military leaders, businesses, as well as civil rights organizations. >> ifill: and this laib test whether any of those kind of things matter, i suppose. >> absolutely. >> ifill: marcia coyle. >> ifill: ray suarez has more on the larger stakes and potential fallout arising from today's arguments. >> suarez: and for that, we turn to two people who have been a big part of the national conversation surrounding this case. debo adegbile is the acting president and director-counsel of the n.a.a.c.p. legal defense and educational fund, which filed an amicus brief in this case. and richard kahlenberg is a senior fellow at the century foundation. he wrote a recent report arguing for race-neutral admission policies that he says foster diversity. you were at the court, debo. what's at stake under coming classes of rising freshmen and their families seeking admission to public universities in this case? >> well, the stakes are very high. it's clear that everybody recognized today that diversity in higher education is a compelling interest. it's something that benefit all the-- all the students benefit
: his dad thought civil rights were worth fighting for. as a teenager, mitt was less interested in the issues than being with his dad. >> the word from his family is that he was not necessarily interested in politics as ideology. but there was always something about his father and his father's power and his father's profession that kept him around and kept him close in a way that it didn't do that for other members of his family. (newsreel music plays) >> the eyes of the nation are on san francisco as the republican party convenes to nominate its choice for president. >> narrator: and in 1964, mitt traveled with his dad to watch him take on conservative republican senator barry goldwater. >> the republican party should unequivocally repudiate extremists of the right and the left, and reject their efforts to infiltrate or attach themselves to our party or its candidates. >> mitt is absorbing all of this. he sees his father basically taking a stand and admires his father greatly for this. >> narrator: but it was barry goldwater's convention. >> i would remind you that extremism in
be seen again in the history of civilization. climate changes are not imaginary, not theoretical, not based on computer models. it's right there in front of you. >> there is more at bill moyers.com. i'll see you there and i'll see moyers.com. i'll see you there and i'll see you here next time. -- captions by vitac -- www.vitac.com de nrns don't wait a week. to get more moyers visit bill moyers.com for exclusive blogs, essays and video features. this episode is available on dvd for $19.95. to order call or write to the address on your screen. funding is provided by carnegie corporation of new york celebrating 100 years of philanthropy and committed to doing real and permanent good in the world. the coalberg foundation. independent production fund with support from the partridge foundation. a john and poly guf charitable fund. the cle meant foundation. park foundation dedicated to heightening public awareness of public issues. the herb alpert foundation. the bernard and audrey rapoport foundation. the john d. and kathryn t. mcarthur foundation committed to build a more peaceful wor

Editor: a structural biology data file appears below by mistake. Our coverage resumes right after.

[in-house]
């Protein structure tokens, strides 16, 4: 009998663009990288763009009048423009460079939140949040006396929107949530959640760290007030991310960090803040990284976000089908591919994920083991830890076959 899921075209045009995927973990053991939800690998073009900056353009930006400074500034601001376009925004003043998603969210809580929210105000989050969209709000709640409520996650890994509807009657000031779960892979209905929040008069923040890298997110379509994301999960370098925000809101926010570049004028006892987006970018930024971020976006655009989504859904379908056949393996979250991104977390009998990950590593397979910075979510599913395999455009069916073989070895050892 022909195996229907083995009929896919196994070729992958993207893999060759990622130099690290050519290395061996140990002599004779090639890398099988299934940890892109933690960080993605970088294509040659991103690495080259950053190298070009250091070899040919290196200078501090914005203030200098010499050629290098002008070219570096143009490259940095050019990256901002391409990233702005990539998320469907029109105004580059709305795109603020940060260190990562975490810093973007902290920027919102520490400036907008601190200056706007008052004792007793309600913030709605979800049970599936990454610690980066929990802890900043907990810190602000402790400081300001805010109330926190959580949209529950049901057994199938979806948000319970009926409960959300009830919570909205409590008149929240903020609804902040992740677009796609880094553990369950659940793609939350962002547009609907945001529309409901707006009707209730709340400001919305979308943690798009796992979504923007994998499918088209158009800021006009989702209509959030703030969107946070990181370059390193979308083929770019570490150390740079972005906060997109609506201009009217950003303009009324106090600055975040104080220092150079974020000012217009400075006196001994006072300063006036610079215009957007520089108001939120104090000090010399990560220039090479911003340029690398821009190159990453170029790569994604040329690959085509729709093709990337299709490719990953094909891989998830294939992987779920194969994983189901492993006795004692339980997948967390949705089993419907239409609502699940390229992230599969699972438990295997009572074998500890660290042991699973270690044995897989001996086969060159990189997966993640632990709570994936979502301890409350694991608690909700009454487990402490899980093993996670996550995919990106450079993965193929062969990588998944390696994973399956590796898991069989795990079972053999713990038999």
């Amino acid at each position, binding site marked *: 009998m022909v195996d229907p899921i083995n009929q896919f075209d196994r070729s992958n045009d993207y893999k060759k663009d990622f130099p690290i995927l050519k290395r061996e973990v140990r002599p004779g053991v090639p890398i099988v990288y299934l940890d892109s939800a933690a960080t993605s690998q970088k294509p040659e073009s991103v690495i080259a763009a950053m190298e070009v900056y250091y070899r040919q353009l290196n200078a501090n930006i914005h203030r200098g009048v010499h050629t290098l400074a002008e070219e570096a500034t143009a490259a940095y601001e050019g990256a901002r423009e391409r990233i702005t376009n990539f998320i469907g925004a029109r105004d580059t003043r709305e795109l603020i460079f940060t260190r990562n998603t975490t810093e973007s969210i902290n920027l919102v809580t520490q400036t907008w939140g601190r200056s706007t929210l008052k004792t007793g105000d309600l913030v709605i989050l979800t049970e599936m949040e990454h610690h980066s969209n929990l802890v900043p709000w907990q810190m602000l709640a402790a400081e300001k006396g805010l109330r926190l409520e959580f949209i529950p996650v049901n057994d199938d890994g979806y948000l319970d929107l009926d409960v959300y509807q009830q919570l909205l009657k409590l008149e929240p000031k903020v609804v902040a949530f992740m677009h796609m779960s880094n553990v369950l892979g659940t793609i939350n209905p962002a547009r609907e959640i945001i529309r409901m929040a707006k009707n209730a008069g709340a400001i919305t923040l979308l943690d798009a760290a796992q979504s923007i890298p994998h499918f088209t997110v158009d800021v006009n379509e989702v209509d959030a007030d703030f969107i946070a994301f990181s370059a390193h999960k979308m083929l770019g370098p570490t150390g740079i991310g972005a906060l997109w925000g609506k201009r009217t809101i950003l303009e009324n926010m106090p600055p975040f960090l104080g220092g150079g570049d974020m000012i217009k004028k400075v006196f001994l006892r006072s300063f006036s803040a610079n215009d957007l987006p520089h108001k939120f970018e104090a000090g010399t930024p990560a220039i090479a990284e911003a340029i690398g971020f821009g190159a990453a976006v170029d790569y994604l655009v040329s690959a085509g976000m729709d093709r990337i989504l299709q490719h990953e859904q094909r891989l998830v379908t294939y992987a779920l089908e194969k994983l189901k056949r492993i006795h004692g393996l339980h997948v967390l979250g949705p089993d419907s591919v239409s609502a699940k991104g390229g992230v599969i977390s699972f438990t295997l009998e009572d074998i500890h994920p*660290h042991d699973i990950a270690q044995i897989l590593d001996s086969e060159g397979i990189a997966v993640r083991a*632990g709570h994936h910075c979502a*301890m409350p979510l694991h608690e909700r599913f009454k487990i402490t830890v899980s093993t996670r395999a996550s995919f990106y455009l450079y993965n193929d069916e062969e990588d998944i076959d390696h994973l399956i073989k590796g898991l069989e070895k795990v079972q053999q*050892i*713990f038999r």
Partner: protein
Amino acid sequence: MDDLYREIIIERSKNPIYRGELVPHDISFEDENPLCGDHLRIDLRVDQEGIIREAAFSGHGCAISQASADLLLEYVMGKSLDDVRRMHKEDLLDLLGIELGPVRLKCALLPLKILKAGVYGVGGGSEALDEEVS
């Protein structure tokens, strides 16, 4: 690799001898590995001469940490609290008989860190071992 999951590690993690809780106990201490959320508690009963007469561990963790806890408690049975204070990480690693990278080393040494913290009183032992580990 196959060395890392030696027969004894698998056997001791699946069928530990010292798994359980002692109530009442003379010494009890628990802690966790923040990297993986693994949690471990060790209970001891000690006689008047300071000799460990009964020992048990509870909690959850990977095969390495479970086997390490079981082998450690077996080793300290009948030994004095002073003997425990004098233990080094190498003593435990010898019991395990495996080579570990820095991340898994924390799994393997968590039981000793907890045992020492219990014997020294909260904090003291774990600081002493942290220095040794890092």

are already sending americans but fewer of them. >> that's right, we're sending in more afghans to do the job. afghans to do the job. >> let's move to another war, the civil war in syria. where there are estimates that more than 25,000, 30,000 people have now been killed. in march of last year president obama explained the military action taken in libya by saying it was in the national interest to go in and prevent further massacres from occurring there. so why doesn't the same logic apply in syria? >>s it's a different country. it is five times as large geographically. it has one fifth the population that is libya, one fifth the population, five times as large geographically. it's in a part of the world where they are not going to see whatever would come from that war, it has seep mood a regional war. are you in a country that is heavily populated in the midst of the most dangerous area of the world. and, in fact f, in fact t blows up and the wrong people gain control, it's going have impact on the entire region causing potentially regional wars. we are working hand and glove with the turks,
Search Results 0 to 13 of about 14 (some duplicates have been removed)